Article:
Word counts be damned! Yes, I know I said that last week. I meant it. These days I have been kicking the tires on short stories, finding out what makes them tick. I’ve been on a few test drives having penned about 6 shorts and I think I am getting a little better with each one. Practice makes perfect.
I don’t have any research to back this up but my hunch is that people look at short stories much like they look at watercolors—as an entry level stepping stone to bigger and better things. They would be wrong in that assumption.
Watercolors are affordable and readily accessible. Anyone with the time can put paint brush to paper. The clean up is easy and the art of watercolor can be practiced on the kitchen table. Once you get a few paintings under your belt you can graduate to something more difficult like oils. Right? Wrong. Being proficient at watercolors is very difficult.
Every brush stroke and drop of paint are permanent. There is no room for mistakes, no going back. You have a very short window of time to blend colors before the paint dries, and because watercolor paints are transparent you can’t cover your mistakes. You have to plan ahead because any white area such as highlights are created by leaving the paper untouched to show through. White paint will not effectively cover other pigments to give you a true white.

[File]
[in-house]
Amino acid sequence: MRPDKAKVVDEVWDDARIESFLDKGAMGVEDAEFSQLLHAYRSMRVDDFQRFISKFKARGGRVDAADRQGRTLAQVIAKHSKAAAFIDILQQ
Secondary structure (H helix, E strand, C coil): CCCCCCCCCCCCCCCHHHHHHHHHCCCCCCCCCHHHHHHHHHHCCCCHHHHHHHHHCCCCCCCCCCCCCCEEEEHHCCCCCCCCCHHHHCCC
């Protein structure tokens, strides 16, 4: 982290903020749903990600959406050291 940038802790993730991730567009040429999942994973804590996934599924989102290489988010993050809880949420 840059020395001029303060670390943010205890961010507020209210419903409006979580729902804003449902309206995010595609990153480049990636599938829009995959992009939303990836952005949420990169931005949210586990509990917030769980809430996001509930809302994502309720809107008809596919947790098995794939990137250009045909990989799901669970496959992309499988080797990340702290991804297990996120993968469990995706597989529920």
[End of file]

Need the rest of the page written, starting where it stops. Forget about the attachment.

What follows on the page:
Oils on the other hand take days to dry so that you can come in later and still blend colors or because they are opaque once they have dried you can paint over anything you want to correct your mistakes. My advice to budding artists is to start with oils and graduate to watercolors.
The same goes for short stories. My experience is that you should cut your teeth on the longer form of writing before graduating to short stories. A novel gives you ample room to develop characters, scenes, and plot. A short story has to be tight, to the point, the writing more precise, fewer twists and turns, a single idea with a strong ending.
The short story takes more planning (some what of a challenge for a “pantser” like me). I know that every word should count whether you are aiming for 100,000 or just 3,000 words, but that seems even truer for the short story author. The short story is like a fully equipped boat. All the important things are there, but space has been more efficiently thought out. Galley kitchen, tiny bathroom (or head if you prefer), a sleeping loft or maybe a dining room that converts into a bed all packed into a hundred square feet more or less. Much thought and planning have gone into maximizing the space.
I have been enjoying the short story form. In some ways it is liberating. In other ways it is challenging. Go ahead, kick the tires on a few short stories. Take a few test drives. But don’t look at short stories as entry level, it is some serious stuff.